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Academic Year 2005/2006
Topics in United States Intellectual History
HIST 235 SP
This course may be repeated for credit.
The Progressive era of American history (1890-1920) marked a profound watershed in American thought, as formalistic styles of reasoning gave way to "pragmatic" and "scientific" modes of thought. Underlying this
watershed were new concerns about "progress"--what social advance meant in America's rising multiethnic, industrial society. This course explores Progressive-era thinking about the problem of "progress" across the
spectrum. The course will look not only at the ideas of "great thinkers" in mainline academic and philosophical traditions, but also at the intellectual outlook of diverse Americans like religious figures, business
socialists, African-Americans, feminists, Native Americans, and immigrants. The course hypothesizes that different groups formulated varying conceptions of "progress" during the Progressive era, and indeed, that
was a contested idea up for grabs. By exploring competing notions of "progress" and how the contest over its meaning played out, the course will cultivate a fuller appreciation of Progressive-era thought and its
Louis Menand, THE METAPHYSICAL CLUB (2001)
Thomas Woods, CHURCH CONFRONTS MODERNITY: CATHOLIC INTELLECTUALS (2004)
Jane Addams, TWENTY YEARS AT HULL HOUSE (1910)
Frederick Winslow Taylor, PRINCIPLES OF
SCIENTIFIC MANAGEMENT (1911)
PROGRESSIVE INTELLECTUALS (1997)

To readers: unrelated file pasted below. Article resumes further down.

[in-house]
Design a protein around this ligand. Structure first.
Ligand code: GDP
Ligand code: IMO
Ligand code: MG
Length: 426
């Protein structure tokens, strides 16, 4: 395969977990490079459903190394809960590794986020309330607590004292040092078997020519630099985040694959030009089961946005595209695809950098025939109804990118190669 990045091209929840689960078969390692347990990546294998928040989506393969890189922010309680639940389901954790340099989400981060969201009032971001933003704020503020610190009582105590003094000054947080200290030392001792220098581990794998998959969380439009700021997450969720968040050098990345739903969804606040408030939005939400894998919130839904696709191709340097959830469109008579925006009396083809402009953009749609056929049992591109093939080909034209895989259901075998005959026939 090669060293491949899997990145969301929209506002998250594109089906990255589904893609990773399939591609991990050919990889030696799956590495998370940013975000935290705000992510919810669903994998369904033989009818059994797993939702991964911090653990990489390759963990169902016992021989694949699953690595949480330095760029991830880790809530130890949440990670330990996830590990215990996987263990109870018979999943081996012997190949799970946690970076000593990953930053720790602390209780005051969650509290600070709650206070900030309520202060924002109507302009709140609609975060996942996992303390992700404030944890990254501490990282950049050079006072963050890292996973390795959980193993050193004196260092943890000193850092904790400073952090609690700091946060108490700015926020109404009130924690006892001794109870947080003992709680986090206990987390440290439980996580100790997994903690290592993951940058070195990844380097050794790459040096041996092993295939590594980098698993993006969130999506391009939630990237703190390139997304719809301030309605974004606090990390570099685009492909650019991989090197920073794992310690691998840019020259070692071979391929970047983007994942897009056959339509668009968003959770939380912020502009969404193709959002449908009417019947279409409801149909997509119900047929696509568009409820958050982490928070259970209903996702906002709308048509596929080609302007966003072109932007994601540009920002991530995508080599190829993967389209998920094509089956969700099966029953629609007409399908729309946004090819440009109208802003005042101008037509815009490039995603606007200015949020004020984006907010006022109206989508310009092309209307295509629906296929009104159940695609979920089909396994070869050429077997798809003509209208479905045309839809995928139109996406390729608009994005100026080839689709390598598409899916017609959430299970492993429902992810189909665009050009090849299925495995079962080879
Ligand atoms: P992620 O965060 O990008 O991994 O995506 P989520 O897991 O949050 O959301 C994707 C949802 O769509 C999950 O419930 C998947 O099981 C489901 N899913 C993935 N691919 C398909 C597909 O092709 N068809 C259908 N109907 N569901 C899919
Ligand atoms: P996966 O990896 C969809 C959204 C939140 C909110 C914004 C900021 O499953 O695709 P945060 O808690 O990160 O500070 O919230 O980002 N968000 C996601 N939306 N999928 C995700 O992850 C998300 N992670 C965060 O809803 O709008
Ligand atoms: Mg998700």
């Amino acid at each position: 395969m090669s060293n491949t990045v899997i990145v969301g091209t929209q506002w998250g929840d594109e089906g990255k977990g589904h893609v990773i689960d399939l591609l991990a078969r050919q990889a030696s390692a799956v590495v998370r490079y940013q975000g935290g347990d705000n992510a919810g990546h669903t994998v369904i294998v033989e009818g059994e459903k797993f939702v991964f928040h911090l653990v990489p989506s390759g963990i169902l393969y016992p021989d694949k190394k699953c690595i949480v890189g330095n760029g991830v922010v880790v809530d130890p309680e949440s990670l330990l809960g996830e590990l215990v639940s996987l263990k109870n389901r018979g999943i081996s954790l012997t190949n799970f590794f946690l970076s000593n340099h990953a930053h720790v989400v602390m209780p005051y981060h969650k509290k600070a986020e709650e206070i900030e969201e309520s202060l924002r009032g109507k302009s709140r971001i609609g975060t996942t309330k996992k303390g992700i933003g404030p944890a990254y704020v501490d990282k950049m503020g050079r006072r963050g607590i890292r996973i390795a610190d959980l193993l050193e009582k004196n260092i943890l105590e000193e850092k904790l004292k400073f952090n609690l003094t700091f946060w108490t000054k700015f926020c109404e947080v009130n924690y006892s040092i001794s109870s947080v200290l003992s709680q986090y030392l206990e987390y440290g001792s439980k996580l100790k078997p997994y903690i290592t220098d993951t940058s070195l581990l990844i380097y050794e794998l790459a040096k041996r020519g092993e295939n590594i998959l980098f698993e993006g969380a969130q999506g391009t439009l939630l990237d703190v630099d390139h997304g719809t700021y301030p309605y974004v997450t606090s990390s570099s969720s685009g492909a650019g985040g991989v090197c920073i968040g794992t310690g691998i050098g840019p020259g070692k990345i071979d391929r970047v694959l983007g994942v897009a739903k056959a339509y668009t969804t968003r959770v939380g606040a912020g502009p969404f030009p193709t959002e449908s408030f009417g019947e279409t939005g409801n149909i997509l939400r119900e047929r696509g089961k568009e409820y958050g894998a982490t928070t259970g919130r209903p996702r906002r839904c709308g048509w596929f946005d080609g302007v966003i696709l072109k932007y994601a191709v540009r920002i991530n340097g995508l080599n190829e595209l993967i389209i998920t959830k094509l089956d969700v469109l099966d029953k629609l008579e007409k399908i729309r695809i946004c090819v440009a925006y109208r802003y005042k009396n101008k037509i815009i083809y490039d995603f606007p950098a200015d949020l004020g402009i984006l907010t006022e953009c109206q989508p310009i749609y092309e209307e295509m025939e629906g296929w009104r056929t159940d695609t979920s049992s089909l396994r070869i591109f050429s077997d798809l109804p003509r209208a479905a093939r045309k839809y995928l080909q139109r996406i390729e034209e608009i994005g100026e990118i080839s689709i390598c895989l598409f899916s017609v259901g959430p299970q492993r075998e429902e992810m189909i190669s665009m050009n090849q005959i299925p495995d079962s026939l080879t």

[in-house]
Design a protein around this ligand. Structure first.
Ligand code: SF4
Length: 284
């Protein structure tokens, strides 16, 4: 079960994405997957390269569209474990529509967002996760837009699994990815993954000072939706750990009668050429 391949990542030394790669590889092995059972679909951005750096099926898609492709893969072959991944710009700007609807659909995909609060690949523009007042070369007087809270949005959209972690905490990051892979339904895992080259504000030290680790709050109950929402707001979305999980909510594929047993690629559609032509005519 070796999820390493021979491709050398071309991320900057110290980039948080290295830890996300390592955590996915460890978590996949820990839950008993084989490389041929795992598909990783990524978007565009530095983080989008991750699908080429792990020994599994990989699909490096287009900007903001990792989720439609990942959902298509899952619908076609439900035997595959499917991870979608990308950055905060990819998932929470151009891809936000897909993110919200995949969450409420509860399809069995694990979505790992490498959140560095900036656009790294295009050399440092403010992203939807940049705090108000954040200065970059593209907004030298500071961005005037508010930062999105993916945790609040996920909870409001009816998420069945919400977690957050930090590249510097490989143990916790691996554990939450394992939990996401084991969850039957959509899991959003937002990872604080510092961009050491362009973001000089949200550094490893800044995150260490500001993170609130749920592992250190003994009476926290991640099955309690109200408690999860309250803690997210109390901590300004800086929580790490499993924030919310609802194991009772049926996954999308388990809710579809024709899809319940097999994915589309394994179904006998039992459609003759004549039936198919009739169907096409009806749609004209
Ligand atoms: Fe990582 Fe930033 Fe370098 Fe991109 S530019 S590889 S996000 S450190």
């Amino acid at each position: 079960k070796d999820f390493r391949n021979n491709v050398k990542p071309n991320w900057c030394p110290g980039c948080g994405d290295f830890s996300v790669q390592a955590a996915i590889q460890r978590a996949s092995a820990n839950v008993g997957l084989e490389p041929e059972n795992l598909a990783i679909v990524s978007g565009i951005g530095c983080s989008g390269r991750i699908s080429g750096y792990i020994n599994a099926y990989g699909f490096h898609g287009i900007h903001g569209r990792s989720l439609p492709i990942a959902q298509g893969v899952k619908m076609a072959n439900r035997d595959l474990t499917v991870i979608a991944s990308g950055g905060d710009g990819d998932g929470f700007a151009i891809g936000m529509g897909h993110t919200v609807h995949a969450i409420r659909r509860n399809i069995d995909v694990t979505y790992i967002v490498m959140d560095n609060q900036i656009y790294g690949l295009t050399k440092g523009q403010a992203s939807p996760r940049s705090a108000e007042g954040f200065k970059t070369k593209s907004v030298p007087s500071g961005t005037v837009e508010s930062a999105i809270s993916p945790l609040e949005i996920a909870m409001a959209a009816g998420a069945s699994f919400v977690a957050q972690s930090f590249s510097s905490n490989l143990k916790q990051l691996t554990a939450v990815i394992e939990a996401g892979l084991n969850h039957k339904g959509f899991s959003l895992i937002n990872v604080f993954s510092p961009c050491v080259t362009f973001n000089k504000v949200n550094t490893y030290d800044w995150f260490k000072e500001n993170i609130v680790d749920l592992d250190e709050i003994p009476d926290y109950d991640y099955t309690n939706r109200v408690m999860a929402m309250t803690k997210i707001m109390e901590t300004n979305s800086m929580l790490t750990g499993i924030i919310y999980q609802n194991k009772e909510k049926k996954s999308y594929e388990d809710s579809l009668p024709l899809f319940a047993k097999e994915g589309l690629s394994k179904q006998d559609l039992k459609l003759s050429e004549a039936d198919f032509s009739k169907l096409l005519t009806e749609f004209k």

Upton Sinclair, THE JUNGLE (1906)
Michele Mitchell, RIGHTEOUS PROPAGATION: AFRICAN AMERICAN DESTINY (2004)
Lucy Maddox, CITIZEN INDIANS: NATIVE AMERICAN INTELLECTUALS
Gail Bederman, MANLINESS AND
Jonathan Hansen, LOST PROMISE OF PATRIOTISM: DEBATING IDENTITY (2003)
Selected documents exemplifying Progressive thinking.
EXAMINATIONS AND ASSIGNMENTS
Two papers (5-7 pages each), one in-class midterm exam, out-of-class final exam project (10-12 pages), class participation.
ADDITIONAL REQUIREMENTS and/or COMMENTS
This course may be repeated for credit a second time so long as the selected topic for the semester is different each time.
Gen Ed Area Dept:
Links to Web Resources For This Course.
- Instructor(s): Rogers,Donald W.
- Times: ..T.R.. 10:30AM-11:50AM; Location: FISK302;
- Reserved Seats: (Total Limit: 30)
- SR. major: 5 Jr. major: 10
- SR. non-major: 5 Jr. non-major: 5 SO: 5 FR: 0
- Curricular Renewal: Ethical Reasoning
Last Updated on MAR-30-2006
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